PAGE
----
Disk Usage alarm on /tftpboot

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Article ID: 167766

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Updated On:

Products

XOS

Issue/Introduction

This article shows how to find out the reasons for a disk usage alarmThe type of alarm reported similar to following means that /tftpboot space is highly utilized:

CBS# show alarms active major
Active Alarms Summary:

Source Critical Major Minor
------ -------- ----- -----
cp2    0        1     1
Total  0        1     1


* indicates an alarm that can be cleared with the 'clear alarms' CLI command

Major:

ID   Date            Source  Description
--                   ----    ------ -----------
1008 Feb 12 04:28:17 cp2     Disk utilization (81%) /tftpboot

Cause

Some reasons why data written by one or more VAP groups might grow to alarm levels are:
  • application is logging to local filesystem
  • application was left with debug log level enabled
  • old VAP group backups might be present in /tftpboot/archives directory
The goal is to find out which files are the top consumers and identify if they can be safely deleted or moved to a remote machine.

Resolution

There are multiple ways to find out top disk space consumers, for example the Unix level command du:

# du -hs /tftpboot/* | sort -nr | head

This command shows space occupied by each directory under /tftpboot folder. This directory contains images for VAPs and therefore typically counted in GBs.

If any directory takes significantly more space, you can drill down and see which sub-directories take most of the space, for example:

# du -hs /tfptboot/<subdirectory>/*

To display the largest files in /tftpboot with size over 10MB, you can use this command:

# find /tftpboot -type f -size +10M -exec ls -lh {} \; | awk '{ print $5 ": " $9 }' | sort -rn

Another option is to use the XOS CLI command  show disk-usage history to see how disk space utilization changes over time:


CBS# show disk-usage history
======================================================================
Top Disk Users Report for Mon Dec 30 04:02:03 CET 2013
======================================================================
 
Filesystem           1K-blocks      Used Available Use% Mounted on
/dev/md7              11811952   2762840   8449092  25% /
/dev/md1                102672      7984     89472   9% /boot
/dev/mapper/d1vg0-lv0
                       1971472    137488   1733840   8% /cbconfig
/dev/mapper/d1vg1-lv0
                      37353008   6694388  28761148  19% /tftpboot
/dev/mapper/d1vg1-lv1
                       2011792    111844   1797756   6% /mgmt
 
 
======================================================================
Top Disk Users Report for Tue Dec 31 04:02:03 CET 2013
======================================================================
 
Filesystem           1K-blocks      Used Available Use% Mounted on
/dev/md7              11811952   2758672   8453260  25% /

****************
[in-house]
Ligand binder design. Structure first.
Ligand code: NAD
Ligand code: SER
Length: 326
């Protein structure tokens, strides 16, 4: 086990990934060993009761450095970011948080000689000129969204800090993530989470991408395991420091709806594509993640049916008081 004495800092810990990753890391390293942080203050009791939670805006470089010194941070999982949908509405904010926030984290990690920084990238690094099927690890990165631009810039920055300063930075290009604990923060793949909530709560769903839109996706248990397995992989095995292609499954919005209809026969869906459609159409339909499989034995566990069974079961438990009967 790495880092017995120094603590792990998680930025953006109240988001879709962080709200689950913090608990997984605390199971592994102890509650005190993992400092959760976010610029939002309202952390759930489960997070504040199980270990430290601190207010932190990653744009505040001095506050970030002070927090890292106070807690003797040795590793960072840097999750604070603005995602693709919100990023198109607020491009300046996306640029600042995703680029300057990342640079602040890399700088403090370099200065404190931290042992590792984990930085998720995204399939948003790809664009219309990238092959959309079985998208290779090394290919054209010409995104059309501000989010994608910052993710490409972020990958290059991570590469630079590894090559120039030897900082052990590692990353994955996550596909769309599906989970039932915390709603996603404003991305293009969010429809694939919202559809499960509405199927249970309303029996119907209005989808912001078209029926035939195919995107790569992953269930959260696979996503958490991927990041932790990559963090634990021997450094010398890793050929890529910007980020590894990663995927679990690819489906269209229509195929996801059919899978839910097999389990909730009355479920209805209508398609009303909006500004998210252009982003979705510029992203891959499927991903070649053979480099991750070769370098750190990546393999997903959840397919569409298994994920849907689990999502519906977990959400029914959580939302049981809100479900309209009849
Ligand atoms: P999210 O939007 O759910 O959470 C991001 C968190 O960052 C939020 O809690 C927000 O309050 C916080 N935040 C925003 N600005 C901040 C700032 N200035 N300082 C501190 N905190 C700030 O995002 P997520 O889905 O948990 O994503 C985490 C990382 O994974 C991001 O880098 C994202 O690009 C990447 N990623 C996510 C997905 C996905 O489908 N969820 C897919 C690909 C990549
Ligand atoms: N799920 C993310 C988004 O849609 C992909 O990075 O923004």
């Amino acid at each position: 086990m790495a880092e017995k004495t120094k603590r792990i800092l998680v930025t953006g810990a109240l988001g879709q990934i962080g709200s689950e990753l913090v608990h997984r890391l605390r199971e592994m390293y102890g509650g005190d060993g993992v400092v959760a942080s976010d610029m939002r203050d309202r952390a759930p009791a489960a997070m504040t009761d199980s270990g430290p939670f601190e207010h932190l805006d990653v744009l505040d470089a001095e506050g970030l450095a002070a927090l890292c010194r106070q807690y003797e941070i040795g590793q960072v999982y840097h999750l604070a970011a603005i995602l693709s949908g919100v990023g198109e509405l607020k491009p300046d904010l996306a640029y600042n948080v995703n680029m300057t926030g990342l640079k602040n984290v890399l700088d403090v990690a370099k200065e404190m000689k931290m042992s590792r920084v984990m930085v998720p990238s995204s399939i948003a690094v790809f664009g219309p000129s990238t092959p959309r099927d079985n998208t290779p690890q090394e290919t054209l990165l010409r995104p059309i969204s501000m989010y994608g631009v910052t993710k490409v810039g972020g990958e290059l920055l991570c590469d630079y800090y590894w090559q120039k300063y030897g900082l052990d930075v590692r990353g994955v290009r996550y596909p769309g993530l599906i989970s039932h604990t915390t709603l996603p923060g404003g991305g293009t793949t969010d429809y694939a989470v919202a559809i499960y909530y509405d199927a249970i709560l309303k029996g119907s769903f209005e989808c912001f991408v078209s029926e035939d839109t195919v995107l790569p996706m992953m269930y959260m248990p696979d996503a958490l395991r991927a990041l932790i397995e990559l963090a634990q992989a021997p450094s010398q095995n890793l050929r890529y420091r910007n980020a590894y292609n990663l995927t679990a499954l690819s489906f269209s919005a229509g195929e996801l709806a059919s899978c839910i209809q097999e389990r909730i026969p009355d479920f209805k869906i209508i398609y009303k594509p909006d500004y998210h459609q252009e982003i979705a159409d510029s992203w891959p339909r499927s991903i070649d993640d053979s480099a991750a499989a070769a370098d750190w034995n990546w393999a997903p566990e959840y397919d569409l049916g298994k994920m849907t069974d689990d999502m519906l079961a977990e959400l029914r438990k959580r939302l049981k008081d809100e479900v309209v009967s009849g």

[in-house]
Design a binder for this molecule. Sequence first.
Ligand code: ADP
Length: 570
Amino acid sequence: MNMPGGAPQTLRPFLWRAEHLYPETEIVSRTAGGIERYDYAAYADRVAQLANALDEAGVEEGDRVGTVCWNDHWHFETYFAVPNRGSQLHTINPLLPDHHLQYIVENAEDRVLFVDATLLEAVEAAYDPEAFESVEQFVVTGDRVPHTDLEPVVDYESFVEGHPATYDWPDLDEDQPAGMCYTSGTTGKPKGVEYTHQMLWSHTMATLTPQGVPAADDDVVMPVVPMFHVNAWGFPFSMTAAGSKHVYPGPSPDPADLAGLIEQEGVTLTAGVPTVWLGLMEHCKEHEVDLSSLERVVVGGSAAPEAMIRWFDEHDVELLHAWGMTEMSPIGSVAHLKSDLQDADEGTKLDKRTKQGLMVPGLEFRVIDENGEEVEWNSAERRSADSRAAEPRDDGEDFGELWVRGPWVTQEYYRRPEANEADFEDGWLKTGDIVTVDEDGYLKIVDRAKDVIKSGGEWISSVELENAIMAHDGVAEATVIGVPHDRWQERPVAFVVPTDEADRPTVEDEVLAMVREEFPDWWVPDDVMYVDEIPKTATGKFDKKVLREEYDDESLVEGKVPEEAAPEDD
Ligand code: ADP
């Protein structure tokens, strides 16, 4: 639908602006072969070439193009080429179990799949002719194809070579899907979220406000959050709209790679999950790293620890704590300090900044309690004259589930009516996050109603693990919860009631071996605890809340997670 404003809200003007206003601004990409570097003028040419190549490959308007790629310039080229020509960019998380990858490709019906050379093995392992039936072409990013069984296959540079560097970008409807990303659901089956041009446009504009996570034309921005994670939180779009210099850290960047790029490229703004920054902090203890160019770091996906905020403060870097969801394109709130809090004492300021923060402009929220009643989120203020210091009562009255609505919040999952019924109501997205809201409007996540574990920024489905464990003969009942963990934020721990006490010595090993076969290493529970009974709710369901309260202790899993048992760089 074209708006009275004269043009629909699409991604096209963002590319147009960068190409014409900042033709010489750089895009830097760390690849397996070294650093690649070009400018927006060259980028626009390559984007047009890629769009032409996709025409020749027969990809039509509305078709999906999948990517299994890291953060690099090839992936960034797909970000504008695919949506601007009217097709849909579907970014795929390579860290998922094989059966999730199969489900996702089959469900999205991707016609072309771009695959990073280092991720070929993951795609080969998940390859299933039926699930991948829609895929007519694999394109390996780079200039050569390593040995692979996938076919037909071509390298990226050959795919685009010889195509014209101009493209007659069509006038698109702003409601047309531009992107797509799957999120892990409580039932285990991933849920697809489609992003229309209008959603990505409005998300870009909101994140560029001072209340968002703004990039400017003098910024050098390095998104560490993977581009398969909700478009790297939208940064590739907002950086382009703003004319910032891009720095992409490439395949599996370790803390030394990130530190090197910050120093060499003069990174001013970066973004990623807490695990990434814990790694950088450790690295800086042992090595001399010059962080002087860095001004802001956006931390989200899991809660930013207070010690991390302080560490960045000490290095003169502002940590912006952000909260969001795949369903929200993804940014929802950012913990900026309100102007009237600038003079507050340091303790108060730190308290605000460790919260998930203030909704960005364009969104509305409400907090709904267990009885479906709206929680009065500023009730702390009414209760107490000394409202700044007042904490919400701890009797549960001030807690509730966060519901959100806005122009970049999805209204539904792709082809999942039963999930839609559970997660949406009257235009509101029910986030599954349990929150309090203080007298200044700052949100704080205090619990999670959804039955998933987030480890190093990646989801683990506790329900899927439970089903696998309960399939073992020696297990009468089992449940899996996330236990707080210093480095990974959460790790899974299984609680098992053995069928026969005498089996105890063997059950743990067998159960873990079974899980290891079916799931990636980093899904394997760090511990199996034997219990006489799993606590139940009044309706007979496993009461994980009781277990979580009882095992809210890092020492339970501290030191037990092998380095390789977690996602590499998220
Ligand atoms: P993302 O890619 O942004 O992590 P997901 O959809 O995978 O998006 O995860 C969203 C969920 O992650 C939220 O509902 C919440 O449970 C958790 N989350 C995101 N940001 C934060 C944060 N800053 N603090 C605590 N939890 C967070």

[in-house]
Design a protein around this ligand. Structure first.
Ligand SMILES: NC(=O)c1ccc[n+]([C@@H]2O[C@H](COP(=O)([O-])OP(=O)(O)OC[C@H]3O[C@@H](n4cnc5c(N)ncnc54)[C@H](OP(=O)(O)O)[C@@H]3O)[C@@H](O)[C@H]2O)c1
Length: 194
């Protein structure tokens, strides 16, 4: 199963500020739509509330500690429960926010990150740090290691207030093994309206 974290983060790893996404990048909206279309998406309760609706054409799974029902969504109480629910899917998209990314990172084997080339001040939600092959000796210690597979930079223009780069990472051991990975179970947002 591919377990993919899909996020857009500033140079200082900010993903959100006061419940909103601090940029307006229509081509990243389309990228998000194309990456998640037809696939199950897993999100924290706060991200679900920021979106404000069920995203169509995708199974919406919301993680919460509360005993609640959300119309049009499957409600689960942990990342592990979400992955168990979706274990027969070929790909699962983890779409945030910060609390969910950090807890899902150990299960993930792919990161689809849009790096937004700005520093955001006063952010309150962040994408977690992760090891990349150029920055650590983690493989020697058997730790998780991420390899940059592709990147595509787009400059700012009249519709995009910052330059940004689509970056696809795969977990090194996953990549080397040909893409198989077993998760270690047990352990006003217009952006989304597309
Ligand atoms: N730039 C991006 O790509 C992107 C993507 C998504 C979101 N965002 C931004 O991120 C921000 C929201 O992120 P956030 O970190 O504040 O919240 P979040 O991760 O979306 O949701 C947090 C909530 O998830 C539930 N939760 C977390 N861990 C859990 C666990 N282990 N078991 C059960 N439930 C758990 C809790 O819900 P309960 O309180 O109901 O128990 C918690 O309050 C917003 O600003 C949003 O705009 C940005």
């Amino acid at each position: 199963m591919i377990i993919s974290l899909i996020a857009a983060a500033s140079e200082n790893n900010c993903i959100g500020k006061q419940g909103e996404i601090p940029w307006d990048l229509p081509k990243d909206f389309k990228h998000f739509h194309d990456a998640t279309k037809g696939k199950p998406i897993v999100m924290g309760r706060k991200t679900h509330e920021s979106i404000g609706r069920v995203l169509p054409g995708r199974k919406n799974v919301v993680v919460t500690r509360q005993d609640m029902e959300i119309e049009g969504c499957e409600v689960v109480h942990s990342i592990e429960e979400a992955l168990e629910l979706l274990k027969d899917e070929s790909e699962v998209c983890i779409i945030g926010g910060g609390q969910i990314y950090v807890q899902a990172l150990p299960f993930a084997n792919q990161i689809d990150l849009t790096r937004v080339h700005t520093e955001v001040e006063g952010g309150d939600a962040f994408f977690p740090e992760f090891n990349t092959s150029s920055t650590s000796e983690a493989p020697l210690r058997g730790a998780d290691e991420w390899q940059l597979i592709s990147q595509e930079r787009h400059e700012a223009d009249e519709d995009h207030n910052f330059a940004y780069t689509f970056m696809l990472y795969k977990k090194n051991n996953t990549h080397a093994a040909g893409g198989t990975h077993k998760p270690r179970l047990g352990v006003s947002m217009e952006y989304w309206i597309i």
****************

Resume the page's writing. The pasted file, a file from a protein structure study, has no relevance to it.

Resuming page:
/dev/md1                102672      7984     89472   9% /boot
/dev/mapper/d1vg0-lv0
                       1971472    137560   1733768   8% /cbconfig
/dev/mapper/d1vg1-lv0
                      37353008   6696712  28758824  19% /tftpboot
/dev/mapper/d1vg1-lv1
                       2011792    111868   1797732   6% /mgmt
 
...etc
 

The Unix level command /usr/os/bin/cbs_disk_usage can be used to find the largest files on each VAP (some output omitted):


# /usr/os/bin/cbs_disk_usage
======================================================================
Top Disk Users Report for Fri Jan 10 18:33:44 CET 2014
======================================================================
 
Filesystem           1K-blocks      Used Available Use% Mounted on
/dev/md7              11811952   2785724   8426208  25% /
/dev/md1                102672      7984     89472   9% /boot
/dev/mapper/d1vg0-lv0
                       1971472    139388   1731940   8% /cbconfig
/dev/mapper/d1vg1-lv0
                      37353008   6732600  28722936  19% /tftpboot
/dev/mapper/d1vg1-lv1
                       2011792    112024   1797576   6% /mgmt
 
apm_shared
  16777336 apm_shared/Firmware/AP/apm50_fpga_0207_diag_0504.dat
  16777336 apm_shared/Firmware/AP/ap9600_fpga_0207_diag_0504.dat
   3276920 apm_shared/Firmware/AP/apcp6_fpga_a1.dat
   3276920 apm_shared/Firmware/AP/apcp65_fpga_0600.dat
   3276896 apm_shared/Firmware/AP/apm2030_fpga_R0001.dat
 
...
 
fw_1
 135416832 fw_1/var/opt/CPsuite-R75.40VS/fw1/conf/appfw/appfw_tables.sqlite
  53087885 fw_1/var/opt/CPsuite-R75.40VS/fw1/av/kav/setup/kav8.tar.gz
  50460672 fw_1/opt/CPsuite-R75.40VS/fw1/oracle_oi/oracle_sdk.tar
  28932444 fw_1/var/opt/CPsuite-R75.40VS/fw1/tmp/Check_Point_Arkanoid_Agent_pkg.tgz
  16777336 fw_1/crossbeam/etc/Firmware/AP/apm50_fpga_0207_diag_0504.dat

Presence of VAP group backups created in the past might be verified by running CLI command:

# archive-vap-group show

To remove these old backups, run:

# archive-vap-group delete vap-group <name> archive <number>

 

Workaround

N/A